The cliché goes, “Your lack of planning does not constitute an emergency on my part.” Like most aphorisms, it is true on its face with little consideration. We get cut off on the highway as someone realizes too late that their exit is upon them. We get displaced from our chosen airplane or event seat because a late arriver wants to sit next to a relative or friend. We miss the start of the movie because the customer ahead of us in line seems to have overlooked that their wallet would be needed to complete the transaction. And we come to a dead stop in the roundabout as the driver in front has to stop and consider which way they intend to go – in fact, some good fellow citizens stop and back up to get to their chosen venue, apparently not aware of the no beginning and no-end nature of these traffic circles.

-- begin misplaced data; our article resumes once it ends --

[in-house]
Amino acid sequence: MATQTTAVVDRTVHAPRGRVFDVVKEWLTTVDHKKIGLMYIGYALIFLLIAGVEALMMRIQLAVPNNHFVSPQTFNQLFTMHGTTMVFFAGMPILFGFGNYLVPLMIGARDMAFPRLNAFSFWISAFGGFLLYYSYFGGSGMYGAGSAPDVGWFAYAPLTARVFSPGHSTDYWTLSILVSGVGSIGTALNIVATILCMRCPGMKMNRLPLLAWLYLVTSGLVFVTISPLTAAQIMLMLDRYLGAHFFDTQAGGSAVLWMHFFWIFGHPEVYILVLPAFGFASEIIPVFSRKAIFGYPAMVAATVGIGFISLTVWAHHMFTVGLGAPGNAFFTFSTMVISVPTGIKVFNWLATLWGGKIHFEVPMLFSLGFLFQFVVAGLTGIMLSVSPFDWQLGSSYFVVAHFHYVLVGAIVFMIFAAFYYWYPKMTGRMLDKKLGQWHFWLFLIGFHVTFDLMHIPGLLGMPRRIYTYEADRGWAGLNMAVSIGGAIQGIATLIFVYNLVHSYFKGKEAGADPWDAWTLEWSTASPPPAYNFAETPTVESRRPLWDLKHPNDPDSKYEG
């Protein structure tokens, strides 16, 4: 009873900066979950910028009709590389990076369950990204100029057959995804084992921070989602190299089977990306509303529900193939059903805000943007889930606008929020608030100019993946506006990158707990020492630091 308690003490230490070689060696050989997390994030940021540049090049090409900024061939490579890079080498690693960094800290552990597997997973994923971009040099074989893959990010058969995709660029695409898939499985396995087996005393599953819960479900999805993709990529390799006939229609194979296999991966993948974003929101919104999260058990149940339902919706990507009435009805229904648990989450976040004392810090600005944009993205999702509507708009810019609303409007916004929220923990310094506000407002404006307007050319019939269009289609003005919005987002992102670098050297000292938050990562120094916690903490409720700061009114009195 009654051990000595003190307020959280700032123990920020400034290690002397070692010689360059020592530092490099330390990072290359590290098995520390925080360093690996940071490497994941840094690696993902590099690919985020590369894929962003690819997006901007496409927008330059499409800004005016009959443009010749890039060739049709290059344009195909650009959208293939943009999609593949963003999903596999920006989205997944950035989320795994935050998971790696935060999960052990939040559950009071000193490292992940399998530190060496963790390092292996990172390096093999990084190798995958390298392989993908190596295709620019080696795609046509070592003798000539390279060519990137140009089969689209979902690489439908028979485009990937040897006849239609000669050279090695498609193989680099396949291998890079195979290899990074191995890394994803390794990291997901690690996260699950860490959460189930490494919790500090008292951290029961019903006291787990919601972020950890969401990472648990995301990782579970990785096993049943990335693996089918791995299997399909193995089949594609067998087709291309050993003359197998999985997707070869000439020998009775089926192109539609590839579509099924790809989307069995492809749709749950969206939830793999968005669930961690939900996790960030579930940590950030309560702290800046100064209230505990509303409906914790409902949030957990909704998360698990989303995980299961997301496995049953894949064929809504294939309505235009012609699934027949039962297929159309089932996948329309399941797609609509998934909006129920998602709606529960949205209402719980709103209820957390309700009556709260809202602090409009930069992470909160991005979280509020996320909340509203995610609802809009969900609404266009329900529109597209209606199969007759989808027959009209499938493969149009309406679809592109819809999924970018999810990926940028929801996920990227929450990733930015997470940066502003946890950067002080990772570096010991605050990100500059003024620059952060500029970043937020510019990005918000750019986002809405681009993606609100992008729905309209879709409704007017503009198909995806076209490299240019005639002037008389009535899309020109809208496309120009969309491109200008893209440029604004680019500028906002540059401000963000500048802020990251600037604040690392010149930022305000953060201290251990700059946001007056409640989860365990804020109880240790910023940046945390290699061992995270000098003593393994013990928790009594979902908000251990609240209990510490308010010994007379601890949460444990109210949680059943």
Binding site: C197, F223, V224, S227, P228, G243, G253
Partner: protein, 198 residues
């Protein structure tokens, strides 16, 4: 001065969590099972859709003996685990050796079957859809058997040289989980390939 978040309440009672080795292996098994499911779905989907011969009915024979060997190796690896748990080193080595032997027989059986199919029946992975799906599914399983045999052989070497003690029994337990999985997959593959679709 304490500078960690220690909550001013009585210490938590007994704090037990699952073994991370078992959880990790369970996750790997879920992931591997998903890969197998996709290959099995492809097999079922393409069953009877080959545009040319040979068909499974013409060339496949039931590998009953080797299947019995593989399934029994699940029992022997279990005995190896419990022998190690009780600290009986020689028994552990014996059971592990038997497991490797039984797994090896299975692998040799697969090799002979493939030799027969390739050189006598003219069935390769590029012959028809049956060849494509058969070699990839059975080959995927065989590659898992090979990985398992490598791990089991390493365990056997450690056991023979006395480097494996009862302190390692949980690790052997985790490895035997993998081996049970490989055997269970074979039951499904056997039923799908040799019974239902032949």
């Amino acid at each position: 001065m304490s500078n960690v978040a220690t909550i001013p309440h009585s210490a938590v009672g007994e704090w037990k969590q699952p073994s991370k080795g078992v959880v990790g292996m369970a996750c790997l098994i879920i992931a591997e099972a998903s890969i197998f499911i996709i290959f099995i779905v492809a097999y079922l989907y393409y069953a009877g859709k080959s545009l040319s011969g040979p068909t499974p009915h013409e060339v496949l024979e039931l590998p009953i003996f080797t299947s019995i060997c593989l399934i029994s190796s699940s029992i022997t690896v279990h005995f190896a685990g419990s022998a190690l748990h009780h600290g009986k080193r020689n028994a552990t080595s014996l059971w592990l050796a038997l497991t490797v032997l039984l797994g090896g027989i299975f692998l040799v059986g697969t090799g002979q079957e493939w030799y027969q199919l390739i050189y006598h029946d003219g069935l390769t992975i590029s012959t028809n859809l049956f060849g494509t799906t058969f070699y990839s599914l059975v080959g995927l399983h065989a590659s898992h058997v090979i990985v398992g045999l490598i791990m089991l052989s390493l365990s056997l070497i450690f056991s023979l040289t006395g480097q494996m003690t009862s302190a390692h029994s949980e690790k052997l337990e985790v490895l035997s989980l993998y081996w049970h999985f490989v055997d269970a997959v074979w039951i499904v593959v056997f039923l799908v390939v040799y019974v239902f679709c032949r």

Still, we live in a civil society. And many of us take great steps to show deference and respect for our fellow humans. We are unlikely to wear profane graphic T-shirts in public and we still can be found holding the door for those, regardless of gender, entering behind us. Does our attempt to do unto others inadvertently lead to a dependence by them upon our good nature? Do they become intentionally atrophied at showing up on time, expecting dispensation because they truly have come to believe in their own superiority? One might imagine so, given the abject look of horror to possess the countenance of the poor planner when we don’t freely offer to share our wine with them at the concert. It seems they forgot to bring any, again. When, if ever, is it right to push back, to teach a lesson, or to hold our ground?